First Black Marine Special Operator Featured in New Documentary

CAMP LEJEUNE, NC – Marine Corps Base Camp Lejeune’s Marine Corps Community Services Lejeune-New River is hosting an all-hands professional military education screening of the documentary “Major Capers: The Legend of Team Broadminded” at 9:30 am on July 31, at the base theater, followed by a question and answer session with retired Marine Maj. James “Jim” Capers, Jr., himself.

According to Stripes.com, the documentary film tells the story of Capers, who was the Marine Corps’ first black special operator, a member of the inaugural class of the U.S. Special Operations Command’s Commando Hall of Honor, and a well-known ‘face of the Corps’ on recruiting posters nationwide for years.

In the film, the 22-year veteran explains how he fought to free his Marines after an assault that left him with two broken legs, multiple shrapnel wounds from a Claymore mine and massive blood loss. For his heroism, Capers became one of the first African-American Marine officer to be nominated for the Medal of Honor.

According to the Stripes.com article, Capers ordered his Marines to evacuate onto an over-loaded H-34 chopper, as he continued to fight the enemy with his M-16, but his Marines refused to leave him. After multiple attempts to take off as Capers and his Marines defended their position, the chopper eventually took flight with Capers and his Marines.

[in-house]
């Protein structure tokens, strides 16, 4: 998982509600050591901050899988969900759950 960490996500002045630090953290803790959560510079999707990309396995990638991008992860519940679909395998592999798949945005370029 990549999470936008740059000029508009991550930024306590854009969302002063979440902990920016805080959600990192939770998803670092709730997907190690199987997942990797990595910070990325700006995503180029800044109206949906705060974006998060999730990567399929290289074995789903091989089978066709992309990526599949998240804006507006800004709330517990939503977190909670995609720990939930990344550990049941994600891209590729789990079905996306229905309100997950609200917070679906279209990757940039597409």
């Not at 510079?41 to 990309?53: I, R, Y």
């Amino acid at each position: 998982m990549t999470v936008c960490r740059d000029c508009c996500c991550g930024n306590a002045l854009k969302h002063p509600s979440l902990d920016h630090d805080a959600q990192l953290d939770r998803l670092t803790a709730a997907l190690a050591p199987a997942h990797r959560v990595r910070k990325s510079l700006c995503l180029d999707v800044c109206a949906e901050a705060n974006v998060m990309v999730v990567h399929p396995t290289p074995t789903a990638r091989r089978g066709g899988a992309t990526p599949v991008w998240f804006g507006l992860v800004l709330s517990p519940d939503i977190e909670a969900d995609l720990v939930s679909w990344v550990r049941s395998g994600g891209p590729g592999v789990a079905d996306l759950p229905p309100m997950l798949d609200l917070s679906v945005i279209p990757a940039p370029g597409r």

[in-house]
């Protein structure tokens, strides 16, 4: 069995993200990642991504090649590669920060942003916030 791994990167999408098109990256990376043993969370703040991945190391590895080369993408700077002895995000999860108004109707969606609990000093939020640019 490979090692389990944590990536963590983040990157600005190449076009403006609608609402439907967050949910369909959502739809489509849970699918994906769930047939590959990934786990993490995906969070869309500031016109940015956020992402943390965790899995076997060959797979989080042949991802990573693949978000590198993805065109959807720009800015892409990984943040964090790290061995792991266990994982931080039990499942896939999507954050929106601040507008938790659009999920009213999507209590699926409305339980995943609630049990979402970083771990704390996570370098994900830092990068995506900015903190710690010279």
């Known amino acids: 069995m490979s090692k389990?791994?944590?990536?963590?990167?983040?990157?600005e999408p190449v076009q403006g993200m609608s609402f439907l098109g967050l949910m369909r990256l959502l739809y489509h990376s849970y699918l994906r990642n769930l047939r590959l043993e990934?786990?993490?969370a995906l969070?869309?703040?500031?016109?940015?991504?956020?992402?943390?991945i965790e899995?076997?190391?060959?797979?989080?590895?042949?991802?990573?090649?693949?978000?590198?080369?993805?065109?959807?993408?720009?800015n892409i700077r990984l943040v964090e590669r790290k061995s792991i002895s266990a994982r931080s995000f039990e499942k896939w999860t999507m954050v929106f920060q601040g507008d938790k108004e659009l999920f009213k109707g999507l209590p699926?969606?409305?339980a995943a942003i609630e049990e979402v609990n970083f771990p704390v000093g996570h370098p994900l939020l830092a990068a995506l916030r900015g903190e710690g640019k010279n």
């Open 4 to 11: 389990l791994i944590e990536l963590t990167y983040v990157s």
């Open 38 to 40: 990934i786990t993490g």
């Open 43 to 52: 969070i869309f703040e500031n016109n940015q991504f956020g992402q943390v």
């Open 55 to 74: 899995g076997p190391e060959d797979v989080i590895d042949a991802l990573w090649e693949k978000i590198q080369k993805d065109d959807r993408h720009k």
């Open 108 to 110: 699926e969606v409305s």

“I figured it’s better to lose one man than to lose the whole team,” Capers told Stripes.com. “Any commander worth his salt would care for his men before his self.”

According to the article, Capers would leave Vietnam having earned two Bronze star Medals with a “V” device for valor, three purple hearts – surviving more than 20 injuries.

Filmmakers Ashley Cusato and Erich Recker, with Reckognition Productions, explained to the newspaper that the film discloses once-top-secret details and never-before-seen footage of Capers and Team Broadminded in action in Vietnam.

Recker, a Marine veteran who has worked in film and TV for about two decades, told the publication that the filmmakers focused on more than Capers’ battlefield experience, attempting to highlight the man behind the commando legend.

“These are personal, very personal audio recordings from the battlefield to his wife, depicting a firsthand, humanistic account of what he’s going through,” said Recker. “It’s truly fascinating … and I’ll say it’s one of the better stories I’ve ever heard or been a part of in my career.”


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